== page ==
This book was a great choice for a book club - It created plenty of discussion.
The general consensus was that Sarah Waters is a magnificent, beautifully detailed author and the majority of us are now planning on reading some of her other books such as Tipping the Velvet, The Night Watch and Fingersmith (all of which seem to get better reviews than The Little Stranger). Her writing style could perhaps be the reason this book scored fairly high on our marks out of 10.
However there were points which drag the review down, namely being far too long (about 150 pages too long) and a poor ending. The group felt 500 pages was a lot to plough through for the ending we were given. A few members found that the final paragraph was conclusive, others felt frustrated by the lack of answers.
The characters were all generally pretty cold - Whether that was the aim of the author due to the book projecting a cold atmosphere to the reader or just the audience being unable to empathise with them. The lead character was Dr Faraday - The narrator, the majority of the group felt that Faraday was an unreliable narrator, having to trust his word for all the events and disturbances that happened. We hear of Caroline and Rod's experiences for example, through the eyes of Dr Faraday, without hearing directly what their version of events were. I think we all agreed that the house itself became the central character, just like an classic horror movie.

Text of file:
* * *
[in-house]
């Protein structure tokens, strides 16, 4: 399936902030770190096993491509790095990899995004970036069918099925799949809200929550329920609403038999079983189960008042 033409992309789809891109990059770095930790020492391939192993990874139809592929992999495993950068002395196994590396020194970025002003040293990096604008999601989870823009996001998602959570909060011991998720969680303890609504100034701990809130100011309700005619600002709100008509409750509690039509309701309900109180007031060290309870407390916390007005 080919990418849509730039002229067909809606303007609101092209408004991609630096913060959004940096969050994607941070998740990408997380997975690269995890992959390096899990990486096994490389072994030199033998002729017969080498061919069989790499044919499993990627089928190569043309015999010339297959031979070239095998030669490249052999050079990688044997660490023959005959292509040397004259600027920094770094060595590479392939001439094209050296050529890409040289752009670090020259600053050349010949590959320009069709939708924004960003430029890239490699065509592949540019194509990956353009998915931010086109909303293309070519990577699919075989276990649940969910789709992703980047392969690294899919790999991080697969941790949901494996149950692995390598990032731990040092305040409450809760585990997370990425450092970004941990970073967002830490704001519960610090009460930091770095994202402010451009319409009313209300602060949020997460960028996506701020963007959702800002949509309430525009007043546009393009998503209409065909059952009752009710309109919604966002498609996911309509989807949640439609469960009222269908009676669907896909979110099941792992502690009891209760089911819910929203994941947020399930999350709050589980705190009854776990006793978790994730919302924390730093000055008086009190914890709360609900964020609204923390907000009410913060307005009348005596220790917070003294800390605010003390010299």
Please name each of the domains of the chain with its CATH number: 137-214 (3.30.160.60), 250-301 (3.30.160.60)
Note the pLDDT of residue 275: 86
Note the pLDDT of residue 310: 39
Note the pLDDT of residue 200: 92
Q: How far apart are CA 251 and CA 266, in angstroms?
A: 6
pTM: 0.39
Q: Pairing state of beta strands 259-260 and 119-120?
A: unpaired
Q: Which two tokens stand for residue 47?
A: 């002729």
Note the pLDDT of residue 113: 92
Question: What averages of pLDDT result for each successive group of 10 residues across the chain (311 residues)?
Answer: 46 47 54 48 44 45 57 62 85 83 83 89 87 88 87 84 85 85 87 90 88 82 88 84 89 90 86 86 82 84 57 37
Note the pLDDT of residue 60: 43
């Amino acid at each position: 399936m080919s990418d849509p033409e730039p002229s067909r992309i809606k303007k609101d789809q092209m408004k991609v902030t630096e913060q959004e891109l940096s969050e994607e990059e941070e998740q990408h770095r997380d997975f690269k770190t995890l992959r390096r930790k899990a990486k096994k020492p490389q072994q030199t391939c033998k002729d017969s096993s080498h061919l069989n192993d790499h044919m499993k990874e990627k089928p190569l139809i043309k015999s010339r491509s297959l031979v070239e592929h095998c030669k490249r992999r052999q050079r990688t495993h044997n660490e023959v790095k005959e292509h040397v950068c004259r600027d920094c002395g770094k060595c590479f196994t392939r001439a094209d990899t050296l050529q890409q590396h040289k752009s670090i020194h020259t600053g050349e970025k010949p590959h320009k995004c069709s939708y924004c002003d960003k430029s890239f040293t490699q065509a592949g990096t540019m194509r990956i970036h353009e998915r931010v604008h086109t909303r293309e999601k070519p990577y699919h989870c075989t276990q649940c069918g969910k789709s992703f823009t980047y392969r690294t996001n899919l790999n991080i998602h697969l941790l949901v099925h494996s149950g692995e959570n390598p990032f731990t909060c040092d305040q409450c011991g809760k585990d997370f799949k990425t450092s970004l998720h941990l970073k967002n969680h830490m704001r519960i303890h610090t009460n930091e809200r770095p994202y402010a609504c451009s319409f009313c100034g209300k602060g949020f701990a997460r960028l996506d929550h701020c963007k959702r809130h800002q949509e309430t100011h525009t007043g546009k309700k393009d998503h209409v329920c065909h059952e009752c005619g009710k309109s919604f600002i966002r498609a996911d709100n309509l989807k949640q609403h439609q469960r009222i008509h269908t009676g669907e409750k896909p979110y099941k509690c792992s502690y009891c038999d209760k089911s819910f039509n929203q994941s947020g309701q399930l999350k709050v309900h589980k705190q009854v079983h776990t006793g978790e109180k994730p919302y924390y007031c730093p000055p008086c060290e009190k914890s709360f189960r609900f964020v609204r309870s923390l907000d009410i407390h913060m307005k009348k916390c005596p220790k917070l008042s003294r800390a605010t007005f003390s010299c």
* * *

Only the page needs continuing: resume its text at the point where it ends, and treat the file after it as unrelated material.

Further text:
The group discussed the possibility that Dr Faraday himself was the perpertrator, the poltegiest, the mad man or however else it should be put. The final paragraph confirming that fact:
" I'll imagine that the secret is about to be revealed to meat last; that I will see what Caroline Saw, and recognise it as she did. If Hundreds Hall is haunted, however, its ghost doesn't show itself to me. For I'll turn, and am disappointed - Realising that what I am looking at is only a cracked window pane, and that the face gazing distortedly from it, baffled and longing, is my own."
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